The Tim Walter principles: How the head coach has got the team training in Grassau

Tim Walter has a brave playing style. The coach is portraying this to his players through some interesting methods at the summer training camp.

Towards the end of the training session, Tim Walter's voice can usually be heard, noticeably hoarser; the loud and constant coaching has its effect on the 45-year-old's vocal cords. Walter lives for football and articulates this in his training - not only verbally, but also athletically. In principle, Walter's game should never be without the ball, and many different shapes make up his playing idea. These are often combined with an element of fun, which have already provided some amusement in the summer training camp in Grassau. took a closer look during the first five days of camp and identified three principles that are of crucial importance to Tim Walter.

The playing principle: Duels are the core of football - and Walter places a correspondingly high value on the one-on-one battle. Brave decisions are demanded not only in the final third, but sometimes even in the build-up play. In order to instil this, the coach has the team work primarily in game and competition situations. Isolated drills are kept to a minimum, and instead the work is often done on specially marked fields. Walter places a high important on vertical play. The aim is to play forwards quickly with few passes so that high-percentage scoring opportunities can be created. Progress in this area is already evident, with the players getting more and more to grips with the principle.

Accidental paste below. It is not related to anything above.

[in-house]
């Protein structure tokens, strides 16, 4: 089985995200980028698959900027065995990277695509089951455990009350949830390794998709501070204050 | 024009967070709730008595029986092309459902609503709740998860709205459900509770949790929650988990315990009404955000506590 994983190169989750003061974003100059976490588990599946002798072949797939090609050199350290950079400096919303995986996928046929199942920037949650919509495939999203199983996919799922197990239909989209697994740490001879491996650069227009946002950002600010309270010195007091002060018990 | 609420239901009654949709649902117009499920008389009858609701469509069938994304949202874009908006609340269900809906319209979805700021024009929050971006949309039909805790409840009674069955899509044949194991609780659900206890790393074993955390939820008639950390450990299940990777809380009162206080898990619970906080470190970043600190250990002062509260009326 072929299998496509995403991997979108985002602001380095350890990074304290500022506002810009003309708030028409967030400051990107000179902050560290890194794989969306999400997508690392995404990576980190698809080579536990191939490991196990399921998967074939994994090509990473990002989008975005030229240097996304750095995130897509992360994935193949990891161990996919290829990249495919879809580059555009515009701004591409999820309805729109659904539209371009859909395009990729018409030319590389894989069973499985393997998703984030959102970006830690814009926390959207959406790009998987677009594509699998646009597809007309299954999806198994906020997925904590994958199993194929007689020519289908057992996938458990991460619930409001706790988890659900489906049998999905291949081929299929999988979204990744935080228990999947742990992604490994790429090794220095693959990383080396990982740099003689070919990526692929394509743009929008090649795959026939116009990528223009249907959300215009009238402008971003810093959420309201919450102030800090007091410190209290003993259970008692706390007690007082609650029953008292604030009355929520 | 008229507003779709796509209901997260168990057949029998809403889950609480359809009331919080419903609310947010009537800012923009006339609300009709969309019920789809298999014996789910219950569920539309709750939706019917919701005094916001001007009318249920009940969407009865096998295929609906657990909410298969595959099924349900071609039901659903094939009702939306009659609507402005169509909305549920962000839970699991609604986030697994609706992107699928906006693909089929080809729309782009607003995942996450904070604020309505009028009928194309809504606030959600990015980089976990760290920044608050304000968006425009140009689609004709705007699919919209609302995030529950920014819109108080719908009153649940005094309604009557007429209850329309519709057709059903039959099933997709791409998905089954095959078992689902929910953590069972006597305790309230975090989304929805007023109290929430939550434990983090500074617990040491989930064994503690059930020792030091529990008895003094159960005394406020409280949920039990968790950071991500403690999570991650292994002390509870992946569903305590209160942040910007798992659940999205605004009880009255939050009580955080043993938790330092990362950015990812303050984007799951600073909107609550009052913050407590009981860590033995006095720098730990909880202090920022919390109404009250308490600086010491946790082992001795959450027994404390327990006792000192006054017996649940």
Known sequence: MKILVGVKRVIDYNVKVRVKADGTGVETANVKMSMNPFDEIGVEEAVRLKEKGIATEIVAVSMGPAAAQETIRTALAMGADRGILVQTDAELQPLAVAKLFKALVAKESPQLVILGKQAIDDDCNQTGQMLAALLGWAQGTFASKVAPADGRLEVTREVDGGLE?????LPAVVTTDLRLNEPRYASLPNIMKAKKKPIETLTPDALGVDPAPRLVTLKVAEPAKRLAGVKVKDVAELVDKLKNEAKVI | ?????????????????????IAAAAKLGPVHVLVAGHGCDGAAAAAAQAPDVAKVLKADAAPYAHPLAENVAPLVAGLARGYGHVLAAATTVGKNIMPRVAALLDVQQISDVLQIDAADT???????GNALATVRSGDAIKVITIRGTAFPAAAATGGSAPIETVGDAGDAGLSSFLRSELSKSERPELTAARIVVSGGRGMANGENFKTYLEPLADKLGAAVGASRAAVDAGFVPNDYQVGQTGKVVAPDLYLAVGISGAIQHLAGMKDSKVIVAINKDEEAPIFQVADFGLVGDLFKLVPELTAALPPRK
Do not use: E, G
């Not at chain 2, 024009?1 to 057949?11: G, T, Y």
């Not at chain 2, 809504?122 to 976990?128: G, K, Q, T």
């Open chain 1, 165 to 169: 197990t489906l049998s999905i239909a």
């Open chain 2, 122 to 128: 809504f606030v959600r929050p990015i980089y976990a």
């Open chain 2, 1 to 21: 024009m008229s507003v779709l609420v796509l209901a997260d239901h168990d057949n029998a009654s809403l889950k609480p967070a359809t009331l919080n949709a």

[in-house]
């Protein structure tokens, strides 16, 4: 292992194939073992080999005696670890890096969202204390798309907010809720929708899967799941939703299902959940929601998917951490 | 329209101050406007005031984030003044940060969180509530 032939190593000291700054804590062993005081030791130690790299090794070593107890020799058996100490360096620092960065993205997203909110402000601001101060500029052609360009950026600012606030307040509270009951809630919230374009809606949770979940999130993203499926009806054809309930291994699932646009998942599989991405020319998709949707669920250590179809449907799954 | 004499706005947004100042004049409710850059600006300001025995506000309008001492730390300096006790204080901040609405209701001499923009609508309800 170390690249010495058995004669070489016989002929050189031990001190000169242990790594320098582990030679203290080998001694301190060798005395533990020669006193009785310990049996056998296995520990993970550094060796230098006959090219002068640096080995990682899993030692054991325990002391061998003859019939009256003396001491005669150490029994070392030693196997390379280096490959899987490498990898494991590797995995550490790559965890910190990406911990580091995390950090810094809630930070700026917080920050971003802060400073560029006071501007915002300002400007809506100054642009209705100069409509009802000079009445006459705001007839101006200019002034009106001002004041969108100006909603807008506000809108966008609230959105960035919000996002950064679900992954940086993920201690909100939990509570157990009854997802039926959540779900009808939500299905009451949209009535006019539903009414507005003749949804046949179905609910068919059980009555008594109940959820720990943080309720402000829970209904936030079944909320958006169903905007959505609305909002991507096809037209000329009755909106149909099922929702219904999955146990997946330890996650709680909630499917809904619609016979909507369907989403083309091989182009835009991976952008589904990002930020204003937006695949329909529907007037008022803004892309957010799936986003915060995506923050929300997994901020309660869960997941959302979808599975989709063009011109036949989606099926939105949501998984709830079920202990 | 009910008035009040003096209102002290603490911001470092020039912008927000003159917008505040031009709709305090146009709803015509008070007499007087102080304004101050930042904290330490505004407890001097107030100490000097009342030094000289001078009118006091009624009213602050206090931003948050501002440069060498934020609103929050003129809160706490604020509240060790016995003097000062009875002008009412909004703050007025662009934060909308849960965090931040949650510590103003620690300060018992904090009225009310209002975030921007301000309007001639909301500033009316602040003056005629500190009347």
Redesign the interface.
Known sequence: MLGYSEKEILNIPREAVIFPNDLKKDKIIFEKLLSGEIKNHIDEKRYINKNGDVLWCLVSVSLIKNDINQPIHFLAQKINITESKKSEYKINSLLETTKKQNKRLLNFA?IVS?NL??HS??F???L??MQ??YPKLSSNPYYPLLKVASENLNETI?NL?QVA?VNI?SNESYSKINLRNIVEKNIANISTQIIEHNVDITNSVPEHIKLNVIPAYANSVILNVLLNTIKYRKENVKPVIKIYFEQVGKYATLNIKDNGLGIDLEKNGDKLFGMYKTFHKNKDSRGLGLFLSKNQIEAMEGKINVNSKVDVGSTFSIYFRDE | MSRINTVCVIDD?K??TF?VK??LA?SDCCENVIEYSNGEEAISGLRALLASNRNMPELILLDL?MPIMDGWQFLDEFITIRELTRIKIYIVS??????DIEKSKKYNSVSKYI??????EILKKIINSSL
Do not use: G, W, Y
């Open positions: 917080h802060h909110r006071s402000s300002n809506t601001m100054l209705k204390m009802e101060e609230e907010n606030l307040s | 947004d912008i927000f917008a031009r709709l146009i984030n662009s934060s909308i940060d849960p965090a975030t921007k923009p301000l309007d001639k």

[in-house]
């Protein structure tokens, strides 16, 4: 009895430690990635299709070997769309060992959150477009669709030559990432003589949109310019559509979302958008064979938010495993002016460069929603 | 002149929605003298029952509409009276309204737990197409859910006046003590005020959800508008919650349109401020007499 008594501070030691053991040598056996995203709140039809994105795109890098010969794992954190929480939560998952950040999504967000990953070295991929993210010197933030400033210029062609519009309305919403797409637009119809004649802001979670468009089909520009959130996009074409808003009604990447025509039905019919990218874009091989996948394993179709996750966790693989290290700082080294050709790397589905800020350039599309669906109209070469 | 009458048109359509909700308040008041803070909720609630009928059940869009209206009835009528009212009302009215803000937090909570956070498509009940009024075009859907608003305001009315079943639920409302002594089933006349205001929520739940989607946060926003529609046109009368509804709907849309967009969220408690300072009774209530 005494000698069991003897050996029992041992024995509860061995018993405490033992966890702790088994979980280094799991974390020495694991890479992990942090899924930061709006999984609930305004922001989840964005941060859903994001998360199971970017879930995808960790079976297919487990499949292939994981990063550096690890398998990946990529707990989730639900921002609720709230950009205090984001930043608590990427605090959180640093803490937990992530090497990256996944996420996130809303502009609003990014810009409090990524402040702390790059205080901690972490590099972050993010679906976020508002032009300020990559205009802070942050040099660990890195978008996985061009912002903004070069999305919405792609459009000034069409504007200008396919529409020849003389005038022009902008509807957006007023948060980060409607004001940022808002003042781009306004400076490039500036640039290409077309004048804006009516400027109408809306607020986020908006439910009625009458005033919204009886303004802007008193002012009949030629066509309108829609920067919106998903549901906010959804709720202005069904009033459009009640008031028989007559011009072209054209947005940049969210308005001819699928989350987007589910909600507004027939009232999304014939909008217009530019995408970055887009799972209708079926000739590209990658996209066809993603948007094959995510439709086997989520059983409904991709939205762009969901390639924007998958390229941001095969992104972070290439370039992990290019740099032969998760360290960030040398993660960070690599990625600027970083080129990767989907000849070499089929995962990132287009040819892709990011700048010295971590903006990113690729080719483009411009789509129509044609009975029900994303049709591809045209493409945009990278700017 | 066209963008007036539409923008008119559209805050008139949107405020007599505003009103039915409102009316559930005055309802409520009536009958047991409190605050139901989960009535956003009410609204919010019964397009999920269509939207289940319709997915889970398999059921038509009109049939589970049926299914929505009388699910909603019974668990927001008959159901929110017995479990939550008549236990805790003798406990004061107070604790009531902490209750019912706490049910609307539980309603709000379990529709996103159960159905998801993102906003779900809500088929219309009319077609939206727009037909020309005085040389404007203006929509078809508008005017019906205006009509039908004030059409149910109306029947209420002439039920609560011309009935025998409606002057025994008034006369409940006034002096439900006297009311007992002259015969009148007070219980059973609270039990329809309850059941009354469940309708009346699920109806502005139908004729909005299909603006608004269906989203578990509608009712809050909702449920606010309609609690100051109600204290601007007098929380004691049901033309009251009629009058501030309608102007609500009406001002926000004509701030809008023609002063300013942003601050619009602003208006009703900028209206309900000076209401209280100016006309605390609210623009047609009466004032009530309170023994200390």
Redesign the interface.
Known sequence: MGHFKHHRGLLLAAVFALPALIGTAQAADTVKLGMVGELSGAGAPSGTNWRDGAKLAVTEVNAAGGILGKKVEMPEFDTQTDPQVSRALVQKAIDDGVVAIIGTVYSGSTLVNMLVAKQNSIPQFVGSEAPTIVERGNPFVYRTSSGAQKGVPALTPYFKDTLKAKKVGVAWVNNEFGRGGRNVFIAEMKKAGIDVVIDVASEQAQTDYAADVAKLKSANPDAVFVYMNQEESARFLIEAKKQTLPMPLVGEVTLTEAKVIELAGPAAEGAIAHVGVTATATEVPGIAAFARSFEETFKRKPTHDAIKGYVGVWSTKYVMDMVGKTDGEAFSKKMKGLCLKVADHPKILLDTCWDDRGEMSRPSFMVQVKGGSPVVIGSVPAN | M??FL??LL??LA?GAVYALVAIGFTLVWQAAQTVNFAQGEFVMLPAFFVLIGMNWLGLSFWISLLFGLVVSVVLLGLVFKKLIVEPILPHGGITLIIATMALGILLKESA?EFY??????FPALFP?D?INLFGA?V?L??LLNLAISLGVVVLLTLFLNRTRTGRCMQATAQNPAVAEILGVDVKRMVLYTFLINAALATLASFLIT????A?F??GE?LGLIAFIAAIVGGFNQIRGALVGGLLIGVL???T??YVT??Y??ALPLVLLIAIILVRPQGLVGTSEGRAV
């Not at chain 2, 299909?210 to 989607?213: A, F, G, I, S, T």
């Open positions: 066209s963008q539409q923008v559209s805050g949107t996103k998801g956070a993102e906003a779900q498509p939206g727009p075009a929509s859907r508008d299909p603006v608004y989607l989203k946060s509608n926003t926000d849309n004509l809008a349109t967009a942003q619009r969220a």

The coaching principle: To get his message across effectively, Tim Walter employs an intensive coaching style based primarily on clear instructions and loud praise. In all phases of training, the HSV head coach is extremely committed and comments on his players' performance. The drills are rarely interrupted, with targeted coaching usually only taking place during the short breaks. This allows the flow of the game to be constantly maintained, while the players are still able to receive feedback on the respective situations. Assistant coaches Filip Tapalovic, Julian Hübner and Merlin Polzin have an important role here, both leading drills and holding personal discussions with the players.

The fun principle: It's rare to catch Tim Walter without a smile on his face. The former Holstein Kiel (2018/19) and VfB Stuttgart (July 2019 to December 2019) head coach is always looking to keep the enjoyment in the game despite all the intensity. His flippant comments during drills provide as much amusement as the special incentives he gives to his players ahead of the end-of-session games. To increase the desire to win, the head coach is constantly setting creative "punishments" for the losing side. For example, teams have had to roll to the half-way line, piggyback their teammates or take penalty kicks when dizzy. The result: laughs and joy for the winners, who got to watch the beaten team do the extra work.